Sen. Tammy Duckworth said Thursday she was prepared to put a hold on more than 1,100 normally routine military promotions unless Trump impeachment witness Army Lt. Col. Alexander Vindman gets fair consideration.
In a statement, Duckworth, a retired Army lieutenant colonel who lost both legs in Iraq, said she would block a promotions list with 1,123 names on it until she had confirmation from Defense Secretary Mark Esper that he would not scuttle "the expected and deserved promotion" of Vindman to colonel.
As a member of the Senate Armed Services Committee, Duckworth, an Illinois Democrat, has the authority to put a hold on nominations without stating a reason, but her statement made clear that she feared President Donald Trump would attempt to use his influence to block Vindman's promotion.
Vindman, a former Ukraine expert on the National Security Council who received a Purple Heart for service in Iraq, testified last November at the House impeachment hearings that he had knowledge of a July 25 phone call between Trump and Ukraine President Volodymyr Zelensky.
During the call, Trump allegedly warned that military aid to Ukraine would be held up unless Zelensky agreed to launch an investigation of the dealings in Ukraine of Hunter Biden, the son of former vice president Joe Biden.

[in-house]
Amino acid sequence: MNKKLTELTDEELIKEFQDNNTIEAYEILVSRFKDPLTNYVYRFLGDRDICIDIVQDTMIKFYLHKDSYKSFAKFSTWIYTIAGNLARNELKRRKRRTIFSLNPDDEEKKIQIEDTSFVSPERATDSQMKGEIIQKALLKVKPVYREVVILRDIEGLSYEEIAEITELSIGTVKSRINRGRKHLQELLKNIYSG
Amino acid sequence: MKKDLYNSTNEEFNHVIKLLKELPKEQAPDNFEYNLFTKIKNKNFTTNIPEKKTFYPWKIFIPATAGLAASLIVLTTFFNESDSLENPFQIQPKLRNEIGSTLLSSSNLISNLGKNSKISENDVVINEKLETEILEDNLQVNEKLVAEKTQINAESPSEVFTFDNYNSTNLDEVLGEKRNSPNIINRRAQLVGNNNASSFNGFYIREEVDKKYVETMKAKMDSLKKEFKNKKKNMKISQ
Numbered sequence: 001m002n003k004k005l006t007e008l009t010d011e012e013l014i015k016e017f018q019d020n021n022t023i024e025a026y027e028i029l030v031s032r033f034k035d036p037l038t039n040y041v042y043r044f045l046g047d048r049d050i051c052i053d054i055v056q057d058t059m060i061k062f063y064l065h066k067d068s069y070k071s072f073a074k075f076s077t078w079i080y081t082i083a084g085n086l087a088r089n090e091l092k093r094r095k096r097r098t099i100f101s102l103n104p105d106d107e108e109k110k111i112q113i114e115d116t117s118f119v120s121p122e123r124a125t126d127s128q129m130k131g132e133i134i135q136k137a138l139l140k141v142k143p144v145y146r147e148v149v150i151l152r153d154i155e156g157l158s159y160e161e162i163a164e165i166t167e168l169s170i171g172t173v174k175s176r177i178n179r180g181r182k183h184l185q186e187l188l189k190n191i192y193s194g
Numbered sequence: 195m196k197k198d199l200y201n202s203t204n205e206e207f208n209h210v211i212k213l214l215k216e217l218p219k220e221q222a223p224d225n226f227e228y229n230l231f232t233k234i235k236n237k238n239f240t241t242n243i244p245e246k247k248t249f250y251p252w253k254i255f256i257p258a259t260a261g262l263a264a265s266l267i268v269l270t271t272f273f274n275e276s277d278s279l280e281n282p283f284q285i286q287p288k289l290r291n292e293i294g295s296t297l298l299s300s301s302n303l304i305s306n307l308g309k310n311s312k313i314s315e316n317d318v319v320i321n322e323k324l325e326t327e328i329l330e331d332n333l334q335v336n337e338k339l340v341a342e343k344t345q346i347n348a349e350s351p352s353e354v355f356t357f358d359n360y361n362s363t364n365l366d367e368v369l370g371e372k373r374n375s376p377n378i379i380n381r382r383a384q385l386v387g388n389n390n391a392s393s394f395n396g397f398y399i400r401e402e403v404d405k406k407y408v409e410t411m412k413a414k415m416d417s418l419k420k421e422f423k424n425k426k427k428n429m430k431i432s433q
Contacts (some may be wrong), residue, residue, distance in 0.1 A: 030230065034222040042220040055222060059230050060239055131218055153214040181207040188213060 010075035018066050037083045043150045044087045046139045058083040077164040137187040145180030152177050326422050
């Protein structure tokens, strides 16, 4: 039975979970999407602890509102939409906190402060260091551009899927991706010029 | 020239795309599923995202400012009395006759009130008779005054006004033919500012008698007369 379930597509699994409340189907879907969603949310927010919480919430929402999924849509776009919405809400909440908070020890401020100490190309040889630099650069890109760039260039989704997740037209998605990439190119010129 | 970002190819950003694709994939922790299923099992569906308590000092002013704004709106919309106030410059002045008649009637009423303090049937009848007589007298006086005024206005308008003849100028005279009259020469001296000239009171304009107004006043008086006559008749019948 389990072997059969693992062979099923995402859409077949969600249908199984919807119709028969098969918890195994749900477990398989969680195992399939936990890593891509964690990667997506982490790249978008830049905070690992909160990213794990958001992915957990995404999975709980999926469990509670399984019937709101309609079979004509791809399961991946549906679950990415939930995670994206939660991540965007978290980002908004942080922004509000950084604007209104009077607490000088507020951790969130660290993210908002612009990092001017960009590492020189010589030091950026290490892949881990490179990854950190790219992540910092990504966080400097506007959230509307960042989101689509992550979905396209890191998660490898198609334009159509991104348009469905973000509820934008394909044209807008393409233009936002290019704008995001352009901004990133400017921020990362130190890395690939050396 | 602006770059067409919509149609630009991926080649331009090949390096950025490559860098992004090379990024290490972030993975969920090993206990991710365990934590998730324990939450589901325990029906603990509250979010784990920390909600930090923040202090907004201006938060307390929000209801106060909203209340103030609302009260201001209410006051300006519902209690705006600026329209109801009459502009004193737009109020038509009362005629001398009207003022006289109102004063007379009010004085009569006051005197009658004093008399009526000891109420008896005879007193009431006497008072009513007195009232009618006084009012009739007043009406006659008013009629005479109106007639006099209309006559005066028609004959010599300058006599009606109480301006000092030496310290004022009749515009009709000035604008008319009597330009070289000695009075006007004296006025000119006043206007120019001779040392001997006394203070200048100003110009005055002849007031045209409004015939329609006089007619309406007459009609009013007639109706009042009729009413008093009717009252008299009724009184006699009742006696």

Vindman testified that he came forward "out of a sense of duty" and the belief that it was "improper for the President of the United States to demand a foreign government investigate a U.S. citizen and political opponent."
Shortly after Trump was acquitted by the Senate of impeachment charges in February, Vindman was fired at the National Security Council and escorted from the White House.
His twin brother, Army Lt. Col. Yevgeny Vindman, a lawyer on the National Security Council staff, was also escorted from the White House.
In a series of tweets on Feb. 8, Trump said he didn't know Vindman but "he was very insubordinate, reported contents of my 'perfect' calls incorrectly, & was given a horrendous report by his superior, the man he reported to, who publicly stated that Vindman had problems with judgement, adhering to the chain of command and leaking information. In other words, 'OUT.'"
In her statement, Duckworth said it would be "simply unprecedented and wrong for any commander-in-chief to meddle in routine military matters at all, whether or not he has a personal vendetta against a soldier who did his patriotic duty and told the truth -- a soldier who has been recommended for promotion by his superiors because of his performance."
She said her hold on the promotions would not include Army Gen. Gus Perna, commander of U.S. Army Materiel Command, who has been nominated by Trump to help lead the development of a vaccine for COVID-19.
-- Richard Sisk can be reached at Richard.Sisk@Military.com.